The Bossy Bookworm
Review of Fingersmith by Sarah Waters
In this gothic Victorian tale, Waters offers a slow build to heartbreak, twists and double twists, hesitant attempts at love, and, finally, clarity and satisfying revenge.
Sue Trinder is a teenage orphan, the daughter of a hanged murderess who tries to live up to her fearless mother's bravery and strength. She's being raised in a household of cheats, thieves, and generally crooked characters. Yet she's been largely sheltered from the evils of the underbelly of Victorian London by her unofficial, doting adoptive mother, Mrs. Sucksby.
But when one of their group, Gentleman, comes up with a large-scale con, suddenly the makeshift family's potential fortune depends heavily on Sue. She's asked to play the role of maid to an unassuming, wealthy young woman in a dastardly plot to take the woman's inheritance and leave her to rot in an insane asylum.
When Sue meets Maud and begins dressing her, caring for her, and trying to manipulate her into the con, what seemed like a simple plan becomes more complicated and fraught.
Meanwhile, Maud's bristly uncle, a strict man of books who has raised his niece primarily to assist him in his research and work, is at the center of a widespread web of debauchery. Maud's unusual upbringing--an emotionally cold life, steeped in lascivious writings--has left her both innocent to the workings of the outside world and also closely acquainted with the details of intimacies with which most young ladies of the time would likely be unfamiliar.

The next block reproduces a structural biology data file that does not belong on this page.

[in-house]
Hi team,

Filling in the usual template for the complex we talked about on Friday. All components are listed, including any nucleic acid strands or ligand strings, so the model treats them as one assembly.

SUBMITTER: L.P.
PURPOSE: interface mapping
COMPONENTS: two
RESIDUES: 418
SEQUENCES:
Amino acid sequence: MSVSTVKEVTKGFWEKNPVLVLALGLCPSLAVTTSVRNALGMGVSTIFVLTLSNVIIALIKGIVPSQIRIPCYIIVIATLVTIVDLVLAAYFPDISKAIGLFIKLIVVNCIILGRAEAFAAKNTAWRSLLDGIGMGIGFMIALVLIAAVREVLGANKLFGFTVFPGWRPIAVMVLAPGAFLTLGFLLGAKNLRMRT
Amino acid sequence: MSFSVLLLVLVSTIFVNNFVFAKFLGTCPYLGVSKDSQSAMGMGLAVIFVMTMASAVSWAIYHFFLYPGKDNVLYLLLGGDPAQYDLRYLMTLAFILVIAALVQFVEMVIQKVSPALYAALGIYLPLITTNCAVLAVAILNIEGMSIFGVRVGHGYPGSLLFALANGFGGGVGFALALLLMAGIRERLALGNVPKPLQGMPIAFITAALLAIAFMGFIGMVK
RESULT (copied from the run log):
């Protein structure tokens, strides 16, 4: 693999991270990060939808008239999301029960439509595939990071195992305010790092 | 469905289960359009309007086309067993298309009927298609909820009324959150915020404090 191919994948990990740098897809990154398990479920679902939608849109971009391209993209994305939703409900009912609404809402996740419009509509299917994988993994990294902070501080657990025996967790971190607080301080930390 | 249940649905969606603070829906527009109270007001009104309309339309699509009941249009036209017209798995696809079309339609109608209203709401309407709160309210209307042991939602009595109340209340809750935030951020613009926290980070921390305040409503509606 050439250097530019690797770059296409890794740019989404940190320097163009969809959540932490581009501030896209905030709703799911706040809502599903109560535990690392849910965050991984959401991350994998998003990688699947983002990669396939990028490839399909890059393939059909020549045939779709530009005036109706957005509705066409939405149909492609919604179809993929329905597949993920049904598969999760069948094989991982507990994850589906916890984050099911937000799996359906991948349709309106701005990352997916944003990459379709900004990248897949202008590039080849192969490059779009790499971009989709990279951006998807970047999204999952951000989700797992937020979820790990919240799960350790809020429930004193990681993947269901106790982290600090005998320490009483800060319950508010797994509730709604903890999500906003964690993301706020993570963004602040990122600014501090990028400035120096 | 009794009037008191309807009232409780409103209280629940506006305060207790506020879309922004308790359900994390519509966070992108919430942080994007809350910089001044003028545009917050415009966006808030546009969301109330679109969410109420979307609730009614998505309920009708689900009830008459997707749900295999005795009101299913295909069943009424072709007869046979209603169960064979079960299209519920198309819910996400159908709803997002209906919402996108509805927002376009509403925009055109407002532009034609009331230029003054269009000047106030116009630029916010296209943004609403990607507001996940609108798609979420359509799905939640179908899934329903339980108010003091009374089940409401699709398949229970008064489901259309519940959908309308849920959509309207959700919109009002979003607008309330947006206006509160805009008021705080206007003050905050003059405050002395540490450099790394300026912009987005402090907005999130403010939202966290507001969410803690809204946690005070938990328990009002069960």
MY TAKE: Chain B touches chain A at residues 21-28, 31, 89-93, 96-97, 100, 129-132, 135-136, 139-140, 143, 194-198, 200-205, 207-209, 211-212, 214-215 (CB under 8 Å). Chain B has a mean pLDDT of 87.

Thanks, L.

Fingersmith is a delightfully dark, often menacing Victorian-era gothic tale. I listened to this as an audiobook, and it was such a slow build, I was both eager for it to ramp up in pacing and very hesitant about finding out where things were going. There's a descent-into-madness aspect that's made more powerful by Waters's measured, sometimes sluggish tempo. I was on the verge of becoming impatient, but Waters masterfully draws out the sinister threads of the story until they're taut and ready to snap, and ultimately I was in for it.
I wasn't certain how Waters would resolve the layers of deceit, secrets, and desires for revenge at play here. The story offers heartbreak, twists and double twists, hesitant attempts at unorthodox love (I recall one reader referring to this as "lesbian Dickens," but it wasn't quite that to me), and, finally, clarity and satisfying revenge.
Do you have any Bossy thoughts about this book?
Waters is also the author of Tipping the Velvet, Affinity, and The Night Watch. I'm eager to read these as well.
I wasn't as big a fan of Waters's The Paying Guests as I was of Fingersmith.